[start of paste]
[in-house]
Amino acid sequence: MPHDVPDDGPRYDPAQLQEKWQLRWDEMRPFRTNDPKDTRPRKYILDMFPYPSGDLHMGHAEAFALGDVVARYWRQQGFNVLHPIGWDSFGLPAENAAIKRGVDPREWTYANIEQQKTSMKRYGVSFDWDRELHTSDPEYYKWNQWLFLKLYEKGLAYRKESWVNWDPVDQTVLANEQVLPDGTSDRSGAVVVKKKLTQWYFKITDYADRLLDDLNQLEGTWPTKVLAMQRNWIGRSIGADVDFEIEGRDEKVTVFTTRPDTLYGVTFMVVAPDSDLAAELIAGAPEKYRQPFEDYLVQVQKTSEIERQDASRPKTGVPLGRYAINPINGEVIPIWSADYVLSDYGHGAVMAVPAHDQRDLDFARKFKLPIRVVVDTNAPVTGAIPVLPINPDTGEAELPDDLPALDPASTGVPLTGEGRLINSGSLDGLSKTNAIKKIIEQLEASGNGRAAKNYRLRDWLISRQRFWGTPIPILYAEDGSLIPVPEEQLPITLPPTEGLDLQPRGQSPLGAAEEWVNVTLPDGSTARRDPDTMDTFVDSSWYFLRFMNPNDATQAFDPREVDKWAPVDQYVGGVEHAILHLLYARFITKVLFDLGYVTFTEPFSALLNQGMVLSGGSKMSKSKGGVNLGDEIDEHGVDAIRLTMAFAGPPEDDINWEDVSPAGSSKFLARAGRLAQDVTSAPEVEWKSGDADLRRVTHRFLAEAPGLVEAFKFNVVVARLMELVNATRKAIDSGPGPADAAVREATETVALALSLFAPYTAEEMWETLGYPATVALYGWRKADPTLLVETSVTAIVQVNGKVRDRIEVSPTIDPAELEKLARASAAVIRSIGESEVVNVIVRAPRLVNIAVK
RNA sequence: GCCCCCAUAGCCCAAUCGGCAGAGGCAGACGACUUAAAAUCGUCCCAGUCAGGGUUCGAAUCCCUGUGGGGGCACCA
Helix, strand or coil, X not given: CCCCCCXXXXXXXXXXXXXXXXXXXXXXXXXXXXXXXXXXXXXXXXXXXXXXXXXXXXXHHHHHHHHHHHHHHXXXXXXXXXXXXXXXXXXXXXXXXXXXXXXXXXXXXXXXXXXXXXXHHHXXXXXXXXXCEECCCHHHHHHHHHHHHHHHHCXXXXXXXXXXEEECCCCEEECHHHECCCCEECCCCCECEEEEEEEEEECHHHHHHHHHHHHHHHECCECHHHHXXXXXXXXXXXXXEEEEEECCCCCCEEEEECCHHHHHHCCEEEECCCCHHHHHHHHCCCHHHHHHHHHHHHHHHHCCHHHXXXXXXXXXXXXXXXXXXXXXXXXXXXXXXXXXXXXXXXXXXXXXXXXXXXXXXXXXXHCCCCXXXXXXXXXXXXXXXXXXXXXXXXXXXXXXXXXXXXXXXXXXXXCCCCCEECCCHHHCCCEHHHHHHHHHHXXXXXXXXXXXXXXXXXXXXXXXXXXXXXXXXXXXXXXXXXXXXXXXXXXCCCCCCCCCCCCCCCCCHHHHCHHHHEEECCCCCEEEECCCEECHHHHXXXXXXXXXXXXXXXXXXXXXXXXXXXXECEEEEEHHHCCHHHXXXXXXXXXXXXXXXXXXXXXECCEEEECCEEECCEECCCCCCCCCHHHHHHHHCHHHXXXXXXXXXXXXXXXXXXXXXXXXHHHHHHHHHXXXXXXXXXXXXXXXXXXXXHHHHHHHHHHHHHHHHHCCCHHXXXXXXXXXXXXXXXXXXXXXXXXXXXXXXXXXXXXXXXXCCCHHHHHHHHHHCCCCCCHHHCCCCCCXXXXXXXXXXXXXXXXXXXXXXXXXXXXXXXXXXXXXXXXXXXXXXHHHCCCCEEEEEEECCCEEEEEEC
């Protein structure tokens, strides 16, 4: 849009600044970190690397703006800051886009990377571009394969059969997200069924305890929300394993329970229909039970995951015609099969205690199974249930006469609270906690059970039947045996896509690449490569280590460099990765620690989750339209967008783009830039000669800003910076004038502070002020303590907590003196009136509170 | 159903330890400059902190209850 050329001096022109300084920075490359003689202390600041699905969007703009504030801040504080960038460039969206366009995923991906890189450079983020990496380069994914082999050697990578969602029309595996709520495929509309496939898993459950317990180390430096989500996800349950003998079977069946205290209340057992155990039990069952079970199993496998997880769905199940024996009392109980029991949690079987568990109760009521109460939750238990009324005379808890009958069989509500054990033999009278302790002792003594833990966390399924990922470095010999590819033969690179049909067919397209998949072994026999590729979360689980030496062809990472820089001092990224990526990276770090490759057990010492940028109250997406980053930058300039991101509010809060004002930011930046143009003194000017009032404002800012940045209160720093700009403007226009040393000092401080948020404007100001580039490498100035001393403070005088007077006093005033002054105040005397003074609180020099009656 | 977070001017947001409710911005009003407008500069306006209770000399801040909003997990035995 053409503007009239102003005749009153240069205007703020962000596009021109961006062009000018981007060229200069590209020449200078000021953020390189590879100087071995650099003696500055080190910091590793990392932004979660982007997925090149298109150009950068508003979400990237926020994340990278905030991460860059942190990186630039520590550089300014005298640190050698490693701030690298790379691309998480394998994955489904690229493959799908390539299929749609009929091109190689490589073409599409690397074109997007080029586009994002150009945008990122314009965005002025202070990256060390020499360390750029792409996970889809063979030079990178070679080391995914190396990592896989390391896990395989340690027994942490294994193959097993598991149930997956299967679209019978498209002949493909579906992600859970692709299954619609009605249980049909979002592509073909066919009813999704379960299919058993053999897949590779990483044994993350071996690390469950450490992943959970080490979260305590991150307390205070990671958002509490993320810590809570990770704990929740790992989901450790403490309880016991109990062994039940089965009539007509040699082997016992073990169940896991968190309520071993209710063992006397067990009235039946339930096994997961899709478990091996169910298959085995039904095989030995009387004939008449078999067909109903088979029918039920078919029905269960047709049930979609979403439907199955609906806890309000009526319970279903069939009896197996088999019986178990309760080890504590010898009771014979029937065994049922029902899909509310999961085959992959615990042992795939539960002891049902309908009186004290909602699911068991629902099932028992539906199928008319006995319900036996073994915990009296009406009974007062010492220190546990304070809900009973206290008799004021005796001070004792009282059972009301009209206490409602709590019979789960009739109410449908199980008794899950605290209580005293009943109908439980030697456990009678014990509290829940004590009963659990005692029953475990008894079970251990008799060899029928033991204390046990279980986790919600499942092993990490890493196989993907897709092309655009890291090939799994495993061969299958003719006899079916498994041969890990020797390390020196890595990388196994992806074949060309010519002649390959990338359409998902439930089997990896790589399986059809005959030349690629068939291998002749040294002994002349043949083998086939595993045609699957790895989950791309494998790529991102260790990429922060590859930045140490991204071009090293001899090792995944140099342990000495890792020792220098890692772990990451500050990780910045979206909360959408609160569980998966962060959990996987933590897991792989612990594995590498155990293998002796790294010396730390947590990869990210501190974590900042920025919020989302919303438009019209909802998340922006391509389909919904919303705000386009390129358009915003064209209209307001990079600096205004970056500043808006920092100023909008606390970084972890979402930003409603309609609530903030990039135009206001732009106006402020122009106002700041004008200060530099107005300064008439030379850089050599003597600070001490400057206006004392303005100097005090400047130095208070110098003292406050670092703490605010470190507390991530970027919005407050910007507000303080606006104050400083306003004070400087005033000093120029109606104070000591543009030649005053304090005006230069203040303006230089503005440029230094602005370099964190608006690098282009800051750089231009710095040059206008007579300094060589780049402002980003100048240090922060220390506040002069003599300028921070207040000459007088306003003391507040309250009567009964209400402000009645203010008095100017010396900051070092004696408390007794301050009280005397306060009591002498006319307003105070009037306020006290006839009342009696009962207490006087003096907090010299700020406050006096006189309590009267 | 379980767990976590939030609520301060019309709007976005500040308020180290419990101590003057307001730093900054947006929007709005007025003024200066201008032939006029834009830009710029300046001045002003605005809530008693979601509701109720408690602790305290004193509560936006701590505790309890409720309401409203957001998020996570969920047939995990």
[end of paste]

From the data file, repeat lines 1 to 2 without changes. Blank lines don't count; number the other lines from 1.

[in-house]
Amino acid sequence: MPHDVPDDGPRYDPAQLQEKWQLRWDEMRPFRTNDPKDTRPRKYILDMFPYPSGDLHMGHAEAFALGDVVARYWRQQGFNVLHPIGWDSFGLPAENAAIKRGVDPREWTYANIEQQKTSMKRYGVSFDWDRELHTSDPEYYKWNQWLFLKLYEKGLAYRKESWVNWDPVDQTVLANEQVLPDGTSDRSGAVVVKKKLTQWYFKITDYADRLLDDLNQLEGTWPTKVLAMQRNWIGRSIGADVDFEIEGRDEKVTVFTTRPDTLYGVTFMVVAPDSDLAAELIAGAPEKYRQPFEDYLVQVQKTSEIERQDASRPKTGVPLGRYAINPINGEVIPIWSADYVLSDYGHGAVMAVPAHDQRDLDFARKFKLPIRVVVDTNAPVTGAIPVLPINPDTGEAELPDDLPALDPASTGVPLTGEGRLINSGSLDGLSKTNAIKKIIEQLEASGNGRAAKNYRLRDWLISRQRFWGTPIPILYAEDGSLIPVPEEQLPITLPPTEGLDLQPRGQSPLGAAEEWVNVTLPDGSTARRDPDTMDTFVDSSWYFLRFMNPNDATQAFDPREVDKWAPVDQYVGGVEHAILHLLYARFITKVLFDLGYVTFTEPFSALLNQGMVLSGGSKMSKSKGGVNLGDEIDEHGVDAIRLTMAFAGPPEDDINWEDVSPAGSSKFLARAGRLAQDVTSAPEVEWKSGDADLRRVTHRFLAEAPGLVEAFKFNVVVARLMELVNATRKAIDSGPGPADAAVREATETVALALSLFAPYTAEEMWETLGYPATVALYGWRKADPTLLVETSVTAIVQVNGKVRDRIEVSPTIDPAELEKLARASAAVIRSIGESEVVNVIVRAPRLVNIAVK